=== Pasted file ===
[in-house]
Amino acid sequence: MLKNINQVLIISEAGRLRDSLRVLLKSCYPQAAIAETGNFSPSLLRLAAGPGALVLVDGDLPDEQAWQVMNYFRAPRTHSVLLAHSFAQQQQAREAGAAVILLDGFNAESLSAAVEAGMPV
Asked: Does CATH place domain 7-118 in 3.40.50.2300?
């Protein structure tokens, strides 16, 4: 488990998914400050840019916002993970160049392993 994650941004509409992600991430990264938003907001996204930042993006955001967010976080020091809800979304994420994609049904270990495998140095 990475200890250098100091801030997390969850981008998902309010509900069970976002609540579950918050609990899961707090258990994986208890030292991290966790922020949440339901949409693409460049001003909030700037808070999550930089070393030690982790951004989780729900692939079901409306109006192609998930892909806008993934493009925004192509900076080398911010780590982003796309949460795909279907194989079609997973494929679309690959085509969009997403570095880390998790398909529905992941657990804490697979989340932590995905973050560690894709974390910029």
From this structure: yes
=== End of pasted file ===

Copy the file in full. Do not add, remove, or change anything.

[in-house]
Amino acid sequence: MLKNINQVLIISEAGRLRDSLRVLLKSCYPQAAIAETGNFSPSLLRLAAGPGALVLVDGDLPDEQAWQVMNYFRAPRTHSVLLAHSFAQQQQAREAGAAVILLDGFNAESLSAAVEAGMPV
Asked: Does CATH place domain 7-118 in 3.40.50.2300?
């Protein structure tokens, strides 16, 4: 488990998914400050840019916002993970160049392993 994650941004509409992600991430990264938003907001996204930042993006955001967010976080020091809800979304994420994609049904270990495998140095 990475200890250098100091801030997390969850981008998902309010509900069970976002609540579950918050609990899961707090258990994986208890030292991290966790922020949440339901949409693409460049001003909030700037808070999550930089070393030690982790951004989780729900692939079901409306109006192609998930892909806008993934493009925004192509900076080398911010780590982003796309949460795909279907194989079609997973494929679309690959085509969009997403570095880390998790398909529905992941657990804490697979989340932590995905973050560690894709974390910029």
From this structure: yes